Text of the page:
On April 9, The White House announced that President Biden plans to keep overall discretionary funding for the Department of Homeland Security (DHS) flat. The President’s 2022 request provides $52.0 billion for DHS, which is approximately equal to the 2021 enacted level. What does this mean for transportation security?
The discretionary request provides about $1.2 billion for border infrastructure which includes modernization of land ports of entry and investments in modern border security technology. These investments are intended to improve security screening to guard against human smuggling and trafficking, the movement of illicit drugs and weapons, the entry of undocumented migrants, and the import of unlawful goods, as well as provide for the more efficient processing of legal trade, travel, and commerce.
Additional funding within DHS is proposed for immigration programs and border operations, which will have a knock-on effect for transportation. The now infamous “border wall” will not receive any funding.
There is also a proposal for $599 million for investments in research, development, and innovation across DHS, which the request notes would “focus primarily on climate resilience, cybersecurity data analytics, and transportation security technologies”. This investment proposal is timely, as researchers and manufacturers develop emerging technologies, such as those using artificial intelligence and machine learning, to secure transportation while also reducing contact points to limit the spread of viruses and disease. The Transportation Security Laboratory at DHS’s Science & Technology Directorate is currently evaluating both artificial intelligence and machine learning capabilities that have the potential to improve detection of concealed threats on passengers and their personal property.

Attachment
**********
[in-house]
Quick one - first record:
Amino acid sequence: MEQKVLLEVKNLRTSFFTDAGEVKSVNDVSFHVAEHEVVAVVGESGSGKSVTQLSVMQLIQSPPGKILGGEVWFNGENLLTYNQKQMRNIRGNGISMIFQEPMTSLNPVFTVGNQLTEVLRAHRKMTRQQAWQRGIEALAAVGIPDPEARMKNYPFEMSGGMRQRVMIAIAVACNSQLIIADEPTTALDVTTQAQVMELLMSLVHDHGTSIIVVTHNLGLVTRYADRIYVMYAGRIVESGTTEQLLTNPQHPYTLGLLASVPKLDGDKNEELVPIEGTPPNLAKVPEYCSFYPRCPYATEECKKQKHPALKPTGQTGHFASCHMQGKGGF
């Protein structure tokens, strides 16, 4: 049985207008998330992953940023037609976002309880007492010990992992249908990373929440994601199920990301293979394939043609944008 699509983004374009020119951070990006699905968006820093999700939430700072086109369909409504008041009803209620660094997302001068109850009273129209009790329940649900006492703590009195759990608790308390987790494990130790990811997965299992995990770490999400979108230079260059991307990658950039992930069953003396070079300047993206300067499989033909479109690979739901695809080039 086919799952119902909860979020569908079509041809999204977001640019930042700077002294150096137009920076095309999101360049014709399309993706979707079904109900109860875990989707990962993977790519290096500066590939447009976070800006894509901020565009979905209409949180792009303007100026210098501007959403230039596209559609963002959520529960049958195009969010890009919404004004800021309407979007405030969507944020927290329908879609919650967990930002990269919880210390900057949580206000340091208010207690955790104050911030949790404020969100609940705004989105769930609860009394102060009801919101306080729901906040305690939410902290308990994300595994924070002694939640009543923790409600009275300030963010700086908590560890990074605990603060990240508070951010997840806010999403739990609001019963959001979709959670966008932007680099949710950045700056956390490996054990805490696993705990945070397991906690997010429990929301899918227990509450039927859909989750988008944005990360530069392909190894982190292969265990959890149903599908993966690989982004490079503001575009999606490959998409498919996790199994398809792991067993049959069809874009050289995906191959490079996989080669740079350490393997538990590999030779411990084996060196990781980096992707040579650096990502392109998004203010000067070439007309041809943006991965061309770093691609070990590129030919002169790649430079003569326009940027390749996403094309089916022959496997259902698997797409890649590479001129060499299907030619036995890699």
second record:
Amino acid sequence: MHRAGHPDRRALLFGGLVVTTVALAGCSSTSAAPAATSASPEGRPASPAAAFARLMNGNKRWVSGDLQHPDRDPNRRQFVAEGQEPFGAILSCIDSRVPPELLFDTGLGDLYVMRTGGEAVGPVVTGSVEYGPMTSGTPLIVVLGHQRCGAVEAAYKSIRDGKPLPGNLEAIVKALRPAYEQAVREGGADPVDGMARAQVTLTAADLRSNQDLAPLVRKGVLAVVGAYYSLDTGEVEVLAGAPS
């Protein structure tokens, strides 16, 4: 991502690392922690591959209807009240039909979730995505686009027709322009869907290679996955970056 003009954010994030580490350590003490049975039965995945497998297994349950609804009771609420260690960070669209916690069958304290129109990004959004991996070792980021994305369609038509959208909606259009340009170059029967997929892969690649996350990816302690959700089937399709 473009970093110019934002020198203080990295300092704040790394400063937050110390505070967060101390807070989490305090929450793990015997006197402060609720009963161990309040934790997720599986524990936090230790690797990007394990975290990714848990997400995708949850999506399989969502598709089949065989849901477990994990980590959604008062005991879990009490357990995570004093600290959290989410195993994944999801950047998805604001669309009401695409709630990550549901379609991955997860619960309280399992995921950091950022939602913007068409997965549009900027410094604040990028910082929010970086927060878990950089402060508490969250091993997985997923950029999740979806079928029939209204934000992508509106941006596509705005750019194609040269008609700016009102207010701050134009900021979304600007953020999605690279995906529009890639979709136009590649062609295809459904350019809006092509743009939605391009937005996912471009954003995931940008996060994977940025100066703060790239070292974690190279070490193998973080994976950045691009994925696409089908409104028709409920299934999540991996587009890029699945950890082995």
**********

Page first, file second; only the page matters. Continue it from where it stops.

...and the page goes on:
Meanwhile, the Department of Transportation (DOT) is looking at a discretionary request of $25.6 billion, which is a $317 million increase over total 2021 enacted funding. It is worth bearing in mind that the majority of DOT’s financial assistance to States, localities, and transportation authorities is provided through mandatory funding derived from the Highway Trust Fund, as part of multiyear surface transportation authorizations.
Biden’s request for DOT includes over $900 million for rail with an additional $2.7 billion for Amtrak, and $2.5 billion for transit with a further $250 million spending for clean energy. While no figure is outlined for aviation safety, the request notes that it “supports the growing costs of managing the national airspace system (NAS), continues investments to improve aviation safety, integrates new NAS entrants including unmanned aircraft systems and commercial space launches, and improves data analytics and decisionmaking.” The proposal also invests in the sustainment of legacy NAS systems and in the deployment of air traffic modernizations.
The discretionary request also provides funding to purchase the fifth and final State maritime academy training vessel within DOT’s Maritime Administration.